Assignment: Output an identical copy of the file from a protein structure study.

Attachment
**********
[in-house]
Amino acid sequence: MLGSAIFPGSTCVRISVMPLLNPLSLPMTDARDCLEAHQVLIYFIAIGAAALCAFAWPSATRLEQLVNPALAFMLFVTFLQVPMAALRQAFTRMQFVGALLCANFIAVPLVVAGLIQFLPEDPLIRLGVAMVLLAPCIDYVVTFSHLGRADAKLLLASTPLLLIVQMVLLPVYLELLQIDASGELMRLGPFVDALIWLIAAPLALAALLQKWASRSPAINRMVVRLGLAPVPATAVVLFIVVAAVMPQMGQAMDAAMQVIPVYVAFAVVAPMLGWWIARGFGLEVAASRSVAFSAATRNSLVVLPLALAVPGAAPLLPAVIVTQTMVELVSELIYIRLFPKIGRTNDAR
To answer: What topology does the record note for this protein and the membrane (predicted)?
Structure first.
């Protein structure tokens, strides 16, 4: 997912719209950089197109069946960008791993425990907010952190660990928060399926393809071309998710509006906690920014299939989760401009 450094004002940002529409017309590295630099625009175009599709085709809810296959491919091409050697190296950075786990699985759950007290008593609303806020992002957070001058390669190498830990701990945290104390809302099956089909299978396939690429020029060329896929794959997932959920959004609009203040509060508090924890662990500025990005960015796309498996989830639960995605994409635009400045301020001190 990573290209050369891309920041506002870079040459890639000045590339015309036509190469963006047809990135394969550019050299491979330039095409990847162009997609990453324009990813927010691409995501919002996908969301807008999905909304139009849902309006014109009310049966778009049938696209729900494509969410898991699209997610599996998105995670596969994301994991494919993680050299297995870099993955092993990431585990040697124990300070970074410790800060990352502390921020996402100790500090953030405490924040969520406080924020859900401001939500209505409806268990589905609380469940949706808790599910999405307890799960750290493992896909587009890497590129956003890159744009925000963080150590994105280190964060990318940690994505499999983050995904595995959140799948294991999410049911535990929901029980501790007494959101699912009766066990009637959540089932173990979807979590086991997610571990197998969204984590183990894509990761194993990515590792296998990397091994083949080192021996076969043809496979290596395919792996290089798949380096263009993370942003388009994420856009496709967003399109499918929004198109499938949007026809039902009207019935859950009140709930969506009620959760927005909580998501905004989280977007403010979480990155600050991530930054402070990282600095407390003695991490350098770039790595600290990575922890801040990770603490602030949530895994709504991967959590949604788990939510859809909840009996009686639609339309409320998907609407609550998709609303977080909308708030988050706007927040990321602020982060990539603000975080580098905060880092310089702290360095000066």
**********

[in-house]
Amino acid sequence: MLGSAIFPGSTCVRISVMPLLNPLSLPMTDARDCLEAHQVLIYFIAIGAAALCAFAWPSATRLEQLVNPALAFMLFVTFLQVPMAALRQAFTRMQFVGALLCANFIAVPLVVAGLIQFLPEDPLIRLGVAMVLLAPCIDYVVTFSHLGRADAKLLLASTPLLLIVQMVLLPVYLELLQIDASGELMRLGPFVDALIWLIAAPLALAALLQKWASRSPAINRMVVRLGLAPVPATAVVLFIVVAAVMPQMGQAMDAAMQVIPVYVAFAVVAPMLGWWIARGFGLEVAASRSVAFSAATRNSLVVLPLALAVPGAAPLLPAVIVTQTMVELVSELIYIRLFPKIGRTNDAR
To answer: What topology does the record note for this protein and the membrane (predicted)?
Structure first.
């Protein structure tokens, strides 16, 4: 997912719209950089197109069946960008791993425990907010952190660990928060399926393809071309998710509006906690920014299939989760401009 450094004002940002529409017309590295630099625009175009599709085709809810296959491919091409050697190296950075786990699985759950007290008593609303806020992002957070001058390669190498830990701990945290104390809302099956089909299978396939690429020029060329896929794959997932959920959004609009203040509060508090924890662990500025990005960015796309498996989830639960995605994409635009400045301020001190 990573290209050369891309920041506002870079040459890639000045590339015309036509190469963006047809990135394969550019050299491979330039095409990847162009997609990453324009990813927010691409995501919002996908969301807008999905909304139009849902309006014109009310049966778009049938696209729900494509969410898991699209997610599996998105995670596969994301994991494919993680050299297995870099993955092993990431585990040697124990300070970074410790800060990352502390921020996402100790500090953030405490924040969520406080924020859900401001939500209505409806268990589905609380469940949706808790599910999405307890799960750290493992896909587009890497590129956003890159744009925000963080150590994105280190964060990318940690994505499999983050995904595995959140799948294991999410049911535990929901029980501790007494959101699912009766066990009637959540089932173990979807979590086991997610571990197998969204984590183990894509990761194993990515590792296998990397091994083949080192021996076969043809496979290596395919792996290089798949380096263009993370942003388009994420856009496709967003399109499918929004198109499938949007026809039902009207019935859950009140709930969506009620959760927005909580998501905004989280977007403010979480990155600050991530930054402070990282600095407390003695991490350098770039790595600290990575922890801040990770603490602030949530895994709504991967959590949604788990939510859809909840009996009686639609339309409320998907609407609550998709609303977080909308708030988050706007927040990321602020982060990539603000975080580098905060880092310089702290360095000066």